Editorial |

White Matter Hyperintensities in Migraine:  Reason for Optimism

Deborah I. Friedman, MD, MPH; David W. Dodick, MD
JAMA. 2012;308(18):1920-1921. doi:10.1001/jama.2012.36530.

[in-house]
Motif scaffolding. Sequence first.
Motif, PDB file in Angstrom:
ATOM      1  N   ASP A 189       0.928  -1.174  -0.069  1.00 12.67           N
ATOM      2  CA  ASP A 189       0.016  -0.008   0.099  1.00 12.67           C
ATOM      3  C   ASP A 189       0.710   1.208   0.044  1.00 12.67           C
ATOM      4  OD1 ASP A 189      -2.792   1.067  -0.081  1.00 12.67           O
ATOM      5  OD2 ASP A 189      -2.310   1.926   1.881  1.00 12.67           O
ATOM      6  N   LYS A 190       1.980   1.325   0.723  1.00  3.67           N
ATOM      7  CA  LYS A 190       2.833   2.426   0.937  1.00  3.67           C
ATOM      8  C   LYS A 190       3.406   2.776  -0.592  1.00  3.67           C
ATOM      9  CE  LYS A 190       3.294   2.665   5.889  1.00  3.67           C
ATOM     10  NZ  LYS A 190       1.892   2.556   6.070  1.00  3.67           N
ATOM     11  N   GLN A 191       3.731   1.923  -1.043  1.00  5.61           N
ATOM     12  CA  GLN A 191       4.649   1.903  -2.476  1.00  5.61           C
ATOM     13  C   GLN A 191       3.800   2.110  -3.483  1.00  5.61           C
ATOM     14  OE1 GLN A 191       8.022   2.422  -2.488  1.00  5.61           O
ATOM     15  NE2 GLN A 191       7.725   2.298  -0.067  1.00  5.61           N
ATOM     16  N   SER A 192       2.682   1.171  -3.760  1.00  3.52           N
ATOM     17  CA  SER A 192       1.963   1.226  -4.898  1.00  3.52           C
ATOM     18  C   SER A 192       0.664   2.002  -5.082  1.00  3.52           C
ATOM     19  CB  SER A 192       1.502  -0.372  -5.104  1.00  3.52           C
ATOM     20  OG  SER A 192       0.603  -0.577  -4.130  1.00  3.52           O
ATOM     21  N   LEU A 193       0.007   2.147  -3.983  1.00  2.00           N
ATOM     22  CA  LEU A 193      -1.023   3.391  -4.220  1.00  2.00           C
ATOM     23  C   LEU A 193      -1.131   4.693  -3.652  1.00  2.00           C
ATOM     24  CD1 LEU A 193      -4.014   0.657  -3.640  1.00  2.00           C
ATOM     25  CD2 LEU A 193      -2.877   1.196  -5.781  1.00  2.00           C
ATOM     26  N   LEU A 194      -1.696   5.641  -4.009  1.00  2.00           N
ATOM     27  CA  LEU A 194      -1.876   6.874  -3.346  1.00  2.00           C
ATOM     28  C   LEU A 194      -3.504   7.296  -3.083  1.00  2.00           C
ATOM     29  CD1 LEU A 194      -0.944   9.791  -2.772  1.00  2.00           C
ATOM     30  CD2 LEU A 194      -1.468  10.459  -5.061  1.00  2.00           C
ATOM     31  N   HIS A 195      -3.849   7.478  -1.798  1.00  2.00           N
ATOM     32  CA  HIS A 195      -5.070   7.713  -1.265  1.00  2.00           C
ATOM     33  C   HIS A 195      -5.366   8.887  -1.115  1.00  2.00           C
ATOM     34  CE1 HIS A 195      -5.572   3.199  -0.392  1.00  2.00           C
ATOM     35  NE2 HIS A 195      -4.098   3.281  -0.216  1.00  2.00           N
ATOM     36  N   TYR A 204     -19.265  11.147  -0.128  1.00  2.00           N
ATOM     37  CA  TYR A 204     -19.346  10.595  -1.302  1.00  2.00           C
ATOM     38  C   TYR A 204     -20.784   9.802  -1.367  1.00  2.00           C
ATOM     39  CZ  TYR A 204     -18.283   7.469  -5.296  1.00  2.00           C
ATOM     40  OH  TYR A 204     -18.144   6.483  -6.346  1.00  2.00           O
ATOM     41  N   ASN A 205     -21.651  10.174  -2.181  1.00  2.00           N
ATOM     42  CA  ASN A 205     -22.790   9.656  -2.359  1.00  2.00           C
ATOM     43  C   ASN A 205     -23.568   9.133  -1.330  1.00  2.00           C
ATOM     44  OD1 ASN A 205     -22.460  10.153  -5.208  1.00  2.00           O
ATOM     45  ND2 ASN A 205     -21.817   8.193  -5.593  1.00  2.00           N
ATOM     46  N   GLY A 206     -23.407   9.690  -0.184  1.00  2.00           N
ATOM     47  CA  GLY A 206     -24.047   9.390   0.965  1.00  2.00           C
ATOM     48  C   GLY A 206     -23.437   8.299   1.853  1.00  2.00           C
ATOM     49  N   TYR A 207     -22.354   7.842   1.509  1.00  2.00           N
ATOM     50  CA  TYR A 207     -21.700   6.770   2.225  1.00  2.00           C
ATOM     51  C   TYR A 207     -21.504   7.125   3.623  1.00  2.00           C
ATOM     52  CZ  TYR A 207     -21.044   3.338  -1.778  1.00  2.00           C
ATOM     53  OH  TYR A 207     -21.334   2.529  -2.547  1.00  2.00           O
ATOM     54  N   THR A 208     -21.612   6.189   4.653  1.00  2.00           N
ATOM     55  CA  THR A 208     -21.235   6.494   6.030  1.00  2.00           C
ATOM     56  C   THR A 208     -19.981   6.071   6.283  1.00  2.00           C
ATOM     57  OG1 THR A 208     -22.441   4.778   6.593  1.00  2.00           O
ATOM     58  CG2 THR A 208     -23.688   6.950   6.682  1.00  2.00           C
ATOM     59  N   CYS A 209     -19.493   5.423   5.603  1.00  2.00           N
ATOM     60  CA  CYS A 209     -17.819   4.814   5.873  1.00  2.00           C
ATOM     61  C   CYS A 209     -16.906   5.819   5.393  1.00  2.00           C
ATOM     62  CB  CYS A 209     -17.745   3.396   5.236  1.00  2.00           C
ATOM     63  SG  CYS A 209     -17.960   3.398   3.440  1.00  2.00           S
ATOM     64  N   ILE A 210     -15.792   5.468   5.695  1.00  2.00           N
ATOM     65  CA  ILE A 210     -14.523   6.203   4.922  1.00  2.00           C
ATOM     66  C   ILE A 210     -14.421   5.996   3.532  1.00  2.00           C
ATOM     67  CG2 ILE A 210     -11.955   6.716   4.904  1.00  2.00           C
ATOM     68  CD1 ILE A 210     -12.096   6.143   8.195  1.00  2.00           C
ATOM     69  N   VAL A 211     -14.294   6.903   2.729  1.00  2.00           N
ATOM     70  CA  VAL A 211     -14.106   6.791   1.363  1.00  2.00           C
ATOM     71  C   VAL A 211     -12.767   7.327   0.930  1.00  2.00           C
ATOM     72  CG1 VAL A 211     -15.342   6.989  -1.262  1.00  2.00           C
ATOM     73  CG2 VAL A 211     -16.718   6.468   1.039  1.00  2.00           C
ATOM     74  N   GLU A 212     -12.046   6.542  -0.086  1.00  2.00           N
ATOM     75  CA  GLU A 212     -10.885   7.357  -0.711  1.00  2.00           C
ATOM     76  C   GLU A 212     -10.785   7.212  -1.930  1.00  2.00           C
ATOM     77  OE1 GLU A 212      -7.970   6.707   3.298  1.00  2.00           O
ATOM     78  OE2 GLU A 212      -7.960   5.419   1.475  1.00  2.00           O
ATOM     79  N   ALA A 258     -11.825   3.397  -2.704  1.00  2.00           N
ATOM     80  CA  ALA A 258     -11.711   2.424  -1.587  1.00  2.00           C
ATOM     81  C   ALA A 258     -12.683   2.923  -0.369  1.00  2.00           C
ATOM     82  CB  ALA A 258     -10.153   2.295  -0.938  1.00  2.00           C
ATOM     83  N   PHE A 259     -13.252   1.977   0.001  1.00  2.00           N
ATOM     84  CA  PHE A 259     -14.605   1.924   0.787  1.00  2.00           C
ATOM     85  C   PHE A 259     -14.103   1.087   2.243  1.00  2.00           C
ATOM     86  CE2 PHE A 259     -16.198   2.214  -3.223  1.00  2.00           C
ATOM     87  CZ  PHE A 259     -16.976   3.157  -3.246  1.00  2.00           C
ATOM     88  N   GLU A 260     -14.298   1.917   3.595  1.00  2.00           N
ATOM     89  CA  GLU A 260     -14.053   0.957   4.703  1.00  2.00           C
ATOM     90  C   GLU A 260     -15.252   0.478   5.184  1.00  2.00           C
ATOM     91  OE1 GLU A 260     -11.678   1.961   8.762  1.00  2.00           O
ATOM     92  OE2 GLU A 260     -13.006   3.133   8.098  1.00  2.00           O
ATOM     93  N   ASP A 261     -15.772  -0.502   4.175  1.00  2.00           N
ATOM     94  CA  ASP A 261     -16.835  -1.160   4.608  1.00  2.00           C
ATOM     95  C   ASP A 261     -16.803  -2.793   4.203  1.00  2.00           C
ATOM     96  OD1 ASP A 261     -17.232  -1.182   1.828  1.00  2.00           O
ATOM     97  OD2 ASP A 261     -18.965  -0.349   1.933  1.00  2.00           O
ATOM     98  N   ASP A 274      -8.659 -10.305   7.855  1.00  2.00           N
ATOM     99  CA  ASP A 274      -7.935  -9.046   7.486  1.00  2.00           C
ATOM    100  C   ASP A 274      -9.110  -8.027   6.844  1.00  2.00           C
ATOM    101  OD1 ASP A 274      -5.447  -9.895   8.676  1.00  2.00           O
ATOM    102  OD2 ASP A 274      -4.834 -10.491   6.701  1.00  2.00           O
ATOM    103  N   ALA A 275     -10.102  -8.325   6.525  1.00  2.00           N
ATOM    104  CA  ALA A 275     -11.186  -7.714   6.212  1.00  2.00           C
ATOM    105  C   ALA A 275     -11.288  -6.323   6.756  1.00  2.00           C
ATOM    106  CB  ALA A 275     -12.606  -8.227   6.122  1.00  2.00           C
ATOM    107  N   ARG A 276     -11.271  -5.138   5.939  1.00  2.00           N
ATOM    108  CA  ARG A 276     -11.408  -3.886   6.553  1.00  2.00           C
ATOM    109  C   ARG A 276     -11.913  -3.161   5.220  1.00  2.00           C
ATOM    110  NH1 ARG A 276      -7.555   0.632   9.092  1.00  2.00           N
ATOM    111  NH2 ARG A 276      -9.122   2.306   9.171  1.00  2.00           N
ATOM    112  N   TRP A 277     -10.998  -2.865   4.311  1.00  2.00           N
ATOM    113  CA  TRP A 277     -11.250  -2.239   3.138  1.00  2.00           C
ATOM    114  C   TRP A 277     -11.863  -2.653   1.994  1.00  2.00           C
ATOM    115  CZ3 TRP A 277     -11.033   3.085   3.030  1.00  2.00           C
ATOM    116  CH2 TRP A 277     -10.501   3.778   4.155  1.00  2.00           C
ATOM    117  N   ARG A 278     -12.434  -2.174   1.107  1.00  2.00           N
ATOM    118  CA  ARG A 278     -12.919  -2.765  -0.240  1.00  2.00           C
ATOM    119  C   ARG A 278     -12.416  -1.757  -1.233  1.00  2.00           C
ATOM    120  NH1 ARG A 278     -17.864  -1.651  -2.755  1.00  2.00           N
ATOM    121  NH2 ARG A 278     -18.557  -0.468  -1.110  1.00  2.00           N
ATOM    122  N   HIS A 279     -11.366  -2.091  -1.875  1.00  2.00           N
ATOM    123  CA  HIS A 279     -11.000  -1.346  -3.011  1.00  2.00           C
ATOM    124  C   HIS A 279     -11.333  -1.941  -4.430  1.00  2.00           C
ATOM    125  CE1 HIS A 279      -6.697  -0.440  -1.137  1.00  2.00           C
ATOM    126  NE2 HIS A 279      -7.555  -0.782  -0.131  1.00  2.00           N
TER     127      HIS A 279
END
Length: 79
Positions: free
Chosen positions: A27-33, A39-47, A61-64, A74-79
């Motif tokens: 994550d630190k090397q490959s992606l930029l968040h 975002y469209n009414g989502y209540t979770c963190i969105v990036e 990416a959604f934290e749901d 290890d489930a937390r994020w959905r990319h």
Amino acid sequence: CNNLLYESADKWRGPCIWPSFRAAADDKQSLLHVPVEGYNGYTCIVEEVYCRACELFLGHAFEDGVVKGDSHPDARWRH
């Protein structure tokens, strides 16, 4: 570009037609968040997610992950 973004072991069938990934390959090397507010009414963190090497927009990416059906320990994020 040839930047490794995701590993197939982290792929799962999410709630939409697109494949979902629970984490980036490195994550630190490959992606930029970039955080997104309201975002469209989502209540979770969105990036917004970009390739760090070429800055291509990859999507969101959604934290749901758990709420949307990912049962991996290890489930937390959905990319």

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An increasing body of evidence from cross-sectional population-based studies suggests that magnetic resonance imaging (MRI)–measured white matter hyperintensities in the brain are more common in people with migraine. In a meta-analysis of case-control studies, migraine was associated with an increased prevalence of white matter hyperintensities compared with absence of migraine (odds ratio [OR], 3.9; 95% CI, 2.26-6.72).1 A separate population-based study showed that the risk of supratentorial deep white matter hyperintensity was highest in women with migraine (OR, 2.1; 95% CI, 1.0-4.1), particularly among those with at least 1 migraine attack per month (OR, 2.6; 95% CI, 1.2-5.7).2 This study also demonstrated an increased prevalence of infratentorial (predominantly pontine) hyperintensities3 and posterior circulation territory infarctlike lesions in those with migraine and aura (OR, 13.7; 95% CI, 1.7-112), especially in those with at least 1 attack per month (OR, 15.8; 95% CI, 1.8-140).2 A third population-based study confirmed the association between migraine with aura and infarctlike lesions (OR, 12.4; 95% CI, 1.6-99.4, P for trend .005), but the lesions were not confined to the vascular territory of the posterior circulation.4

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